Trees do have some limitations, however.

They are not suitable for storing large amounts of data as the number of nodes can quickly become unmanageable.

Also, balancing a tree can be tricky, as it requires careful manipulation to keep the structure balanced while making constant additions and deletions.

Finally, trees are most useful for data with a hierarchical structure, so if you don’t have data that fits this model, then a tree won’t be the most suitable data structure for the task.

**The Big O Notation**

As we said, there is nothing like a perfect data structure. If anything, each data structure has its own strengths and weaknesses.

We use the Big O Notation to measure the efficiency of a data structure. This notation is a way to measure how well an algorithm scales when faced with increasing amounts of data.

The Big O notation works by assigning a value to each possible input size and analyzing the time it would take for our program to process that data.

The mathematical notation represents the worst-case run time or space requirements as the input size increases.

As your input sizes grow or expand, how much longer will it take for your algorithm to complete the task?

And how much more space in memory does the algorithm require?

The Big O notation helps us answer these questions and allows us to make better decisions about which data structure is the most efficient for our task.

The most common Big O notation you’ll see is Constant Time (O(1)), Linear Time (O(n)), and Quadratic Time (O(n²)).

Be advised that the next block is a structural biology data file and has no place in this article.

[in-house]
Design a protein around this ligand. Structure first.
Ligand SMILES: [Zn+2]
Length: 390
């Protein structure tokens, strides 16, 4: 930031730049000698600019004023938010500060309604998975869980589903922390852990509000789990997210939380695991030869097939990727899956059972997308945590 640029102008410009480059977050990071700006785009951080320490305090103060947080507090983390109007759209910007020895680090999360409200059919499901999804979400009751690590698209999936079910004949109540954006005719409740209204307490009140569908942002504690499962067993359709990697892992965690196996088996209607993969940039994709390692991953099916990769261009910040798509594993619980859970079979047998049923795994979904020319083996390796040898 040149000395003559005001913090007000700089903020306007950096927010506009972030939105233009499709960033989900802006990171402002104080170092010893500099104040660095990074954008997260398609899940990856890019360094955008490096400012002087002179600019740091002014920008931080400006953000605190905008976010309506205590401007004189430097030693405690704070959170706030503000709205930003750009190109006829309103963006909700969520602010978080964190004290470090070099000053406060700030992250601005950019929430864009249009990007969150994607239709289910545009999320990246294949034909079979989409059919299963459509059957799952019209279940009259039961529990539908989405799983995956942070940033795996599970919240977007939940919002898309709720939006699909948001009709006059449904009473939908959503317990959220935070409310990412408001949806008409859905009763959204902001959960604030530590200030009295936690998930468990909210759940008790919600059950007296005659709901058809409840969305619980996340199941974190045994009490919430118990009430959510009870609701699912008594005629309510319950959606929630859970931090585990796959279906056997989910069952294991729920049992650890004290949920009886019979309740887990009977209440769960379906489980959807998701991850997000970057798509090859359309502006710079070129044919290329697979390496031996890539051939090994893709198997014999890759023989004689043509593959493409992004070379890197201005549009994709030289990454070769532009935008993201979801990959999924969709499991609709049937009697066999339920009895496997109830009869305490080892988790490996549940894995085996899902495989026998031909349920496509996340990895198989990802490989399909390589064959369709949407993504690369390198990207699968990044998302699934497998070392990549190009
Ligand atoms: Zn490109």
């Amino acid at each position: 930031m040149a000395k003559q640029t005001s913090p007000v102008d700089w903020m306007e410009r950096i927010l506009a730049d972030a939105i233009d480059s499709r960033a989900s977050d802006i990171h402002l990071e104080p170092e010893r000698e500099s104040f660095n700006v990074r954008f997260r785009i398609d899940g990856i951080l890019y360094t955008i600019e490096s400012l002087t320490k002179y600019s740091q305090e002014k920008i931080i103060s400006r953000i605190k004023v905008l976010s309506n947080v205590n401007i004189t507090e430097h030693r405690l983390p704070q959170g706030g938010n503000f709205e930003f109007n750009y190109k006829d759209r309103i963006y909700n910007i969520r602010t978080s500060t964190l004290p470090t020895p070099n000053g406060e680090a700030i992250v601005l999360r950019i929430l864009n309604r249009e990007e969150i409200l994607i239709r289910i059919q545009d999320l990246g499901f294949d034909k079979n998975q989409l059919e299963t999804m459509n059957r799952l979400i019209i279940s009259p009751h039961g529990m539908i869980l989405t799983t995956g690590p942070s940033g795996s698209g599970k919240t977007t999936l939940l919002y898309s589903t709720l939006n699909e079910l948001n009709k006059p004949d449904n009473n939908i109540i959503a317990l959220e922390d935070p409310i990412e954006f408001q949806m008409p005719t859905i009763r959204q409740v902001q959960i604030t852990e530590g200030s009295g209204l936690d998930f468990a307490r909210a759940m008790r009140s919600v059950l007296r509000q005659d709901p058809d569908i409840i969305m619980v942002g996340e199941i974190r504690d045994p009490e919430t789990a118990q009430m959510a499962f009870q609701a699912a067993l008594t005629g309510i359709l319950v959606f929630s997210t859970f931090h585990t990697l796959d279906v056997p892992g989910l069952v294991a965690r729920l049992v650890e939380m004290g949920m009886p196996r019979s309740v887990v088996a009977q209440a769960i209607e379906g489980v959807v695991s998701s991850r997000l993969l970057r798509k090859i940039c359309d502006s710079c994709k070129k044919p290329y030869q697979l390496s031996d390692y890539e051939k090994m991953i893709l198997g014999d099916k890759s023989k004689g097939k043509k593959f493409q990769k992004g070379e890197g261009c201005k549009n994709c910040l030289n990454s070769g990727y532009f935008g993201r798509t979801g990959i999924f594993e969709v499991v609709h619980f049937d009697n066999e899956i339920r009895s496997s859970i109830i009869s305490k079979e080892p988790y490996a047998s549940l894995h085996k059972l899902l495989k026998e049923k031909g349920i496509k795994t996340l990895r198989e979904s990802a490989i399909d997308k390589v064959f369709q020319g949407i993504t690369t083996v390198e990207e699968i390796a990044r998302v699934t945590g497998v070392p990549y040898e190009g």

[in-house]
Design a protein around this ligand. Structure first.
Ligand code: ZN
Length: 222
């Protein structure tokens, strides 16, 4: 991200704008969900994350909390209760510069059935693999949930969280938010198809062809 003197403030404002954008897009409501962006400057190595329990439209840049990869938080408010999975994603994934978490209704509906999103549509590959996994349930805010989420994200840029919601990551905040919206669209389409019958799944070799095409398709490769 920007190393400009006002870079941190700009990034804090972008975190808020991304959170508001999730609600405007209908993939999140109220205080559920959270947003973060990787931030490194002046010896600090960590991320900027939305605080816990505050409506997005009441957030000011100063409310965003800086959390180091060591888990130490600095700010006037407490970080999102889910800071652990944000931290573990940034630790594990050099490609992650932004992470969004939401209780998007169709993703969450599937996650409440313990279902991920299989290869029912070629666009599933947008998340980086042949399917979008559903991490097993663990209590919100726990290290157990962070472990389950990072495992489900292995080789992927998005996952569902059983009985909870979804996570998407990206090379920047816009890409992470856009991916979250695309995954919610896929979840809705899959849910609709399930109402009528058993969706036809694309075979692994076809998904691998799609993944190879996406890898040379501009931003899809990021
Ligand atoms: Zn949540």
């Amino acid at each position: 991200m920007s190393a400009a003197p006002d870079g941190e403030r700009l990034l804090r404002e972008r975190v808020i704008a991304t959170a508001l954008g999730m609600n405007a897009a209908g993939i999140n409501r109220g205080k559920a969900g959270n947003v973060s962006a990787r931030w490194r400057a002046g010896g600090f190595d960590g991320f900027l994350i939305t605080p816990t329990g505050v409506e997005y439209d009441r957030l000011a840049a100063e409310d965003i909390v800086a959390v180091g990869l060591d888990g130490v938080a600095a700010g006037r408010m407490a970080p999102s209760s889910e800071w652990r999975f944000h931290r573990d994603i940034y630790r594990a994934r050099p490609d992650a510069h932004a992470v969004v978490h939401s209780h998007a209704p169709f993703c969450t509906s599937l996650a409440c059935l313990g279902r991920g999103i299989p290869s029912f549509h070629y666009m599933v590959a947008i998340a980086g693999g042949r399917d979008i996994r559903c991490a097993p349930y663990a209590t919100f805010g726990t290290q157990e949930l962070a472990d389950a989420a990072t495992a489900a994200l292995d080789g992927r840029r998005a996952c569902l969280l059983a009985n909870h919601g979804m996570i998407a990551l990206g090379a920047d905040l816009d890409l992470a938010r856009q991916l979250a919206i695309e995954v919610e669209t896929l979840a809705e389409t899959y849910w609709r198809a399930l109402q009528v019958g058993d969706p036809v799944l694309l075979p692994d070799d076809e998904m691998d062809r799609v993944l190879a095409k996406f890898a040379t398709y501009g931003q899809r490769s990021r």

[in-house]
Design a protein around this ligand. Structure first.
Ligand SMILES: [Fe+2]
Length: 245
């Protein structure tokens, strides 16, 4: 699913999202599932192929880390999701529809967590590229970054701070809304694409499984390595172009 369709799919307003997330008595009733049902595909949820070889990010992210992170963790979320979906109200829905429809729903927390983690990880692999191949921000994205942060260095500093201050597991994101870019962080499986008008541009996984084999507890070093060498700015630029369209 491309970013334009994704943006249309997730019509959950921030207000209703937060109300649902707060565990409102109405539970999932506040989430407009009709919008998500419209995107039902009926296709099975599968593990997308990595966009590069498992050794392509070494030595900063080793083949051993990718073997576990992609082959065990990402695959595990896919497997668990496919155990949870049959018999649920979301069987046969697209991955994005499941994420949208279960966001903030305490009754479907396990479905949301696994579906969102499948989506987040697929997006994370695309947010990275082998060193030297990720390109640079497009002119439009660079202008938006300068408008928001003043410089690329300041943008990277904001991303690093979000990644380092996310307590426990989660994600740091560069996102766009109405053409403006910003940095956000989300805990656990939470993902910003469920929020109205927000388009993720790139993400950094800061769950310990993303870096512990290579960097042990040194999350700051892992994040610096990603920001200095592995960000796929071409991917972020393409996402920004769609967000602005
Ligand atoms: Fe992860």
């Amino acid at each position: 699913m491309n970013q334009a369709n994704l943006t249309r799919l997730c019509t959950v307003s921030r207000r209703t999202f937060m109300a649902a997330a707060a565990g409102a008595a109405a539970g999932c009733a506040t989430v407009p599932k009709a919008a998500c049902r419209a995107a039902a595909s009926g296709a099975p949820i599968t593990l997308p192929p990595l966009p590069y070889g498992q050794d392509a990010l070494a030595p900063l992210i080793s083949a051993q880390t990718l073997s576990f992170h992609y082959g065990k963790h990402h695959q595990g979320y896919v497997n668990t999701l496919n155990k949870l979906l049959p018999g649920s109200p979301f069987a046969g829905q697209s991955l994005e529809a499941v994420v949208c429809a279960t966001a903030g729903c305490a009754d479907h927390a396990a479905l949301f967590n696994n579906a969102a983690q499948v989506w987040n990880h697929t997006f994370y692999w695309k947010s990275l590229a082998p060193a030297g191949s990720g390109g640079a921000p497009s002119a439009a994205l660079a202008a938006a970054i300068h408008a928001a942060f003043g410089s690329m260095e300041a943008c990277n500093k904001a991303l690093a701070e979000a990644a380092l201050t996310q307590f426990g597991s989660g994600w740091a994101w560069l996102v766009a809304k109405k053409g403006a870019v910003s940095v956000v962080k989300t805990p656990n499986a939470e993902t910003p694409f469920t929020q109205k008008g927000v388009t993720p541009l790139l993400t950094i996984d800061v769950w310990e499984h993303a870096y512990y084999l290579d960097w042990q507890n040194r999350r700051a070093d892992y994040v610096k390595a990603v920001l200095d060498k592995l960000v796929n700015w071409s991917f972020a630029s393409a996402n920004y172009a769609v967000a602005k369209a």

Constant time means that regardless of the size of our input, the algorithm will always take the same amount of time to complete.

Linear Time means that as the size of our input increases, so does the required time for completion.

Quadratic time means that as our input size doubles, the time required for completion quadruples.

And lastly, Logarithmic Time (O (log n)) means that as our input size increases, the time required for completion grows logarithmically (or proportionally).

Data structures and algorithms can be difficult to understand. Still, by understanding their basic concepts and how they are used in real-world applications, you should be able to make better decisions about which one works best for your task.

**In conclusion**

Data structures are an important tool to have in your programming arsenal.

You can become a better, more efficient programmer by understanding how they work and when it’s most appropriate to use them.